Legendary and respected Japanese camera manufacturer Nikon finds itself at the heart of a scandal following its selection of an all-male cast of photographers to be “Ambassadors” in a marketing campaign for the new Nikon D850 DSLR in Asia, Africa, and the Middle East
according to Petapixel. photo by Parag Deshmukh
The cadre of photographers, 32 in total, focuses on professionals in the field of photography and well-known names such as fashion photographer Cameron Grayson and art photographer Patrick Cheung. With such an expansive and long list, many question Nikon’s decision to not include a single female photographer in its list of luminaries.
FStoppers published an article titled “Is the Nikon D850 for Men Only?” on its website, wondering aloud if this is a deliberate decision on the part of Nikon’s team or an honest mistake.
With anger growing in the community and on social media, Nikon Asia’s Twitter account (https://twitter.com/NikonAsia) responded directly to the controversy, saying: “Unfortunately, the female photographers we had invited for this meet were unable to attend, and we acknowledge that we had not put enough of a focus on this area. We want to thank the community for raising this and challenging us to do more to support the creative talent of our female photographer community. Enabling the creativity of our community sits at the very heart of Nikon and we will continue to keep improving on our innovation and our support for you.”
As FStoppers notes, Nikon fails to note which female photographers were invited to be a Nikon D850 DSLR Ambassador, a curious omission in a statement many would interpret as exculpatory in nature.
DIYPhotography spoke with female photographer Rebecca Douglas, author of an open letter to Nikon in regards to the lack of female representation in the Nikon D850 Ambassadors marketing campaign.
The letter, which recounts Douglas’ love affair with Nikon products and a showcase of work she has completed using Nikon cameras, urges Nikon to reconsider this approach to the marketing campaign and highlights what could be interpreted as sexist or gendered language in its previous marketing to women.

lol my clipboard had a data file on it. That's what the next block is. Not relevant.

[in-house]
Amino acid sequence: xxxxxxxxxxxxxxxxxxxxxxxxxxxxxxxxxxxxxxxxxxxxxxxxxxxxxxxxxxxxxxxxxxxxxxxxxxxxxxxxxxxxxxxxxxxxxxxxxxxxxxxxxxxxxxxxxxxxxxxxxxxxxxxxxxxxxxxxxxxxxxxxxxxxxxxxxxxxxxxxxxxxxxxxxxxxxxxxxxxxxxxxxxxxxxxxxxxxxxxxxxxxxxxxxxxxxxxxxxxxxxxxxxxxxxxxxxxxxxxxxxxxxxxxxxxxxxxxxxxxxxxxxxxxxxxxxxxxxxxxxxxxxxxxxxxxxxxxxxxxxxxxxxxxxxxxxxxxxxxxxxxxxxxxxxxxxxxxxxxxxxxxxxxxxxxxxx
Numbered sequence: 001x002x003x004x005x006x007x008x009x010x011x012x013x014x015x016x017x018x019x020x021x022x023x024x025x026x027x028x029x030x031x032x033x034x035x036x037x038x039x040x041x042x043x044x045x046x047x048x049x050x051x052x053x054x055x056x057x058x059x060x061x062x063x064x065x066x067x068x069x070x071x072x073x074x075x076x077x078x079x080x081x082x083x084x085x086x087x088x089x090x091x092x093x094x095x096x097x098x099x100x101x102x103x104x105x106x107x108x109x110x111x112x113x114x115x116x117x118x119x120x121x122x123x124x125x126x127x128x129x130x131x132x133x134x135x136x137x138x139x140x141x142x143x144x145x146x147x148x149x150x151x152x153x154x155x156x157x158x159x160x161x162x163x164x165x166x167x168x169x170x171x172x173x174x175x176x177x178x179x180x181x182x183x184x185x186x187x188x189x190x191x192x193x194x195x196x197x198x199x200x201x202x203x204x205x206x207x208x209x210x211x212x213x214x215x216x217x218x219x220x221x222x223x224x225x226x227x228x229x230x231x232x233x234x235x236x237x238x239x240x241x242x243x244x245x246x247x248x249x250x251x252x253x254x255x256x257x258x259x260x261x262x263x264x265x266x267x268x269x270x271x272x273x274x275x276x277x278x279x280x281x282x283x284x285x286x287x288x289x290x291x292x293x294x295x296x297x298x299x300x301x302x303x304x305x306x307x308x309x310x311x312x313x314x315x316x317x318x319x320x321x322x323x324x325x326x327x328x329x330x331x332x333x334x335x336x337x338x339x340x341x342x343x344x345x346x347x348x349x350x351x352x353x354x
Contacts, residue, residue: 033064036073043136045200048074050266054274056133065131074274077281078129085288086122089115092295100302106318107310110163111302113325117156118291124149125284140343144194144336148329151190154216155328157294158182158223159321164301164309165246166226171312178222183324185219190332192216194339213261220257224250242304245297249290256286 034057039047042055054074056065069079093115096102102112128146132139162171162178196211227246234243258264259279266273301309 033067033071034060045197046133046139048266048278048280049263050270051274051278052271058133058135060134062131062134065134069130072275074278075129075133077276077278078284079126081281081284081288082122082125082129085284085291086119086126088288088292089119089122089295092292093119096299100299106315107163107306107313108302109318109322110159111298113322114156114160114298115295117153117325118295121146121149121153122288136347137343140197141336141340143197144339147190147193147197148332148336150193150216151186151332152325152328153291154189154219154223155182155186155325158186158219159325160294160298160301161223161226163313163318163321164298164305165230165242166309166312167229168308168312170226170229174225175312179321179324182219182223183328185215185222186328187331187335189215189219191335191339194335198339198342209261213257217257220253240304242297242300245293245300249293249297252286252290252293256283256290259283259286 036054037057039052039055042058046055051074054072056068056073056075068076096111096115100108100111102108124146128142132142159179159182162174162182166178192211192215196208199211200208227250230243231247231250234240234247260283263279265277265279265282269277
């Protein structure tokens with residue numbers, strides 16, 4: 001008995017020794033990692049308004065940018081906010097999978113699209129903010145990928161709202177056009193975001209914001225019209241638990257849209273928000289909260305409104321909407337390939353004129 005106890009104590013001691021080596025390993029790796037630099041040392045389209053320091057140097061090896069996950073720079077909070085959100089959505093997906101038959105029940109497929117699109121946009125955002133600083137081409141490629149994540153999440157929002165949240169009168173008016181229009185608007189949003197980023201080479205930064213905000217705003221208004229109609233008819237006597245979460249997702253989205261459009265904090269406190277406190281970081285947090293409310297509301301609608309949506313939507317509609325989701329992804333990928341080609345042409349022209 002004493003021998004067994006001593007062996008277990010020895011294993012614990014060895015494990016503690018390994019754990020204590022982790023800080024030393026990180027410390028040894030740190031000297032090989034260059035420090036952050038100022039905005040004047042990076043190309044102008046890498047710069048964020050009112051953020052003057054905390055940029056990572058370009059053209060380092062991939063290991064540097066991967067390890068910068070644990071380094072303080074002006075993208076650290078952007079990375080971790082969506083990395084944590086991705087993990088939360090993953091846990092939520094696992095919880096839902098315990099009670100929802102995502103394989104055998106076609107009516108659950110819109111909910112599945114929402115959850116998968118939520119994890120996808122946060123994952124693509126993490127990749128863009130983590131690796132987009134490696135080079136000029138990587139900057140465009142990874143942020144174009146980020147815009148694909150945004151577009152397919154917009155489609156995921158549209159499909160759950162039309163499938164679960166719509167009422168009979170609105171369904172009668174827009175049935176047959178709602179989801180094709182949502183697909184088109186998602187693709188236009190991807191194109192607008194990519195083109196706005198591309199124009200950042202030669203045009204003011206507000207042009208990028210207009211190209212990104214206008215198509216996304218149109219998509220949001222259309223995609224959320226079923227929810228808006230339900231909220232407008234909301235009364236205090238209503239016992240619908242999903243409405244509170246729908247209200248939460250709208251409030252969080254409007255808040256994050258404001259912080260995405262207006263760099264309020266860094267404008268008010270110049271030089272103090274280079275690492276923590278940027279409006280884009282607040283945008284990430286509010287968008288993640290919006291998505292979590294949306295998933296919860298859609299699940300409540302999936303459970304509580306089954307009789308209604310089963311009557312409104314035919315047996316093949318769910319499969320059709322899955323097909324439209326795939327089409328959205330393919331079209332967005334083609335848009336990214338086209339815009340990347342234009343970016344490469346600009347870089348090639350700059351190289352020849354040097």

She writes, “Unfortunately, sometimes gender is perceived to be one of the elements that makes up a role in a profession and this was out lawed a long time ago as discriminatory. Unfortunately, this industry in some areas seems to have a bias towards one set of gender assumptions and technology.”
Douglas’ letter received a response from Nikon UK which stated “[…]female photographers were unfortunately not represented and this was completely due to circumstance and not design. At a global level, Nikon has invited four photographers to act as Ambassadors for the launch of the D850, one of which is Italian photographer, Rosita Lipari.”
Curiously, the statement from Nikon UK, a territory in which the campaign will not be a feature, included vital information omitted by the Nikon Asia response, namely an actual female photographer who was considered for and could not participate in the Ambassador’s program.
The case of the Nikon D850 product launch is a cautionary tale that reminds marketing directors the world over of the increasingly global nature of product promotions and marketing campaigns.
The need for a global, rather than local, approach means that the materials put out by the company should not only consider the local audience but also the global audience for that product as well, a tough task for any team.
Without this attention to detail, however, the task of marketing becomes even harder if your product is perceived as gender-biased and exclusionary.
These features tend to depress sales and shrink bottom lines, two things Nikon will want to avoid to remain a viable business concern.